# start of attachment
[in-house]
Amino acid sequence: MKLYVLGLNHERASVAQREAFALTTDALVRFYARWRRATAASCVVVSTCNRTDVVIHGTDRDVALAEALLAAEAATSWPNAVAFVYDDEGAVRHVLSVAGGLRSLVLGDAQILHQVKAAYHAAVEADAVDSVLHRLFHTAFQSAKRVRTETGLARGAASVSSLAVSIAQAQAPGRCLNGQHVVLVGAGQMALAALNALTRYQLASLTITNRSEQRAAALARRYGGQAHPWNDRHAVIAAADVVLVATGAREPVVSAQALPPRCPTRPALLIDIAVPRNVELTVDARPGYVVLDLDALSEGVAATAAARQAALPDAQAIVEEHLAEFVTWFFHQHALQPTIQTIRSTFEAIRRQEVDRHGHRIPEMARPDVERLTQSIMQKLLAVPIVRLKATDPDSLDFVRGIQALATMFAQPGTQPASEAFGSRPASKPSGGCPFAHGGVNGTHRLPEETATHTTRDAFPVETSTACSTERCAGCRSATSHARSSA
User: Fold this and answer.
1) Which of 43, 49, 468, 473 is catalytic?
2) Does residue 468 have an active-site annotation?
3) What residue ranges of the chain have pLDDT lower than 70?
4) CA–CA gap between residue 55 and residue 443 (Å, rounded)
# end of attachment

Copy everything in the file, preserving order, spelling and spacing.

[in-house]
Amino acid sequence: MKLYVLGLNHERASVAQREAFALTTDALVRFYARWRRATAASCVVVSTCNRTDVVIHGTDRDVALAEALLAAEAATSWPNAVAFVYDDEGAVRHVLSVAGGLRSLVLGDAQILHQVKAAYHAAVEADAVDSVLHRLFHTAFQSAKRVRTETGLARGAASVSSLAVSIAQAQAPGRCLNGQHVVLVGAGQMALAALNALTRYQLASLTITNRSEQRAAALARRYGGQAHPWNDRHAVIAAADVVLVATGAREPVVSAQALPPRCPTRPALLIDIAVPRNVELTVDARPGYVVLDLDALSEGVAATAAARQAALPDAQAIVEEHLAEFVTWFFHQHALQPTIQTIRSTFEAIRRQEVDRHGHRIPEMARPDVERLTQSIMQKLLAVPIVRLKATDPDSLDFVRGIQALATMFAQPGTQPASEAFGSRPASKPSGGCPFAHGGVNGTHRLPEETATHTTRDAFPVETSTACSTERCAGCRSATSHARSSA
User: Fold this and answer.
1) Which of 43, 49, 468, 473 is catalytic?
2) Does residue 468 have an active-site annotation?
3) What residue ranges of the chain have pLDDT lower than 70?
4) CA–CA gap between residue 55 and residue 443 (Å, rounded)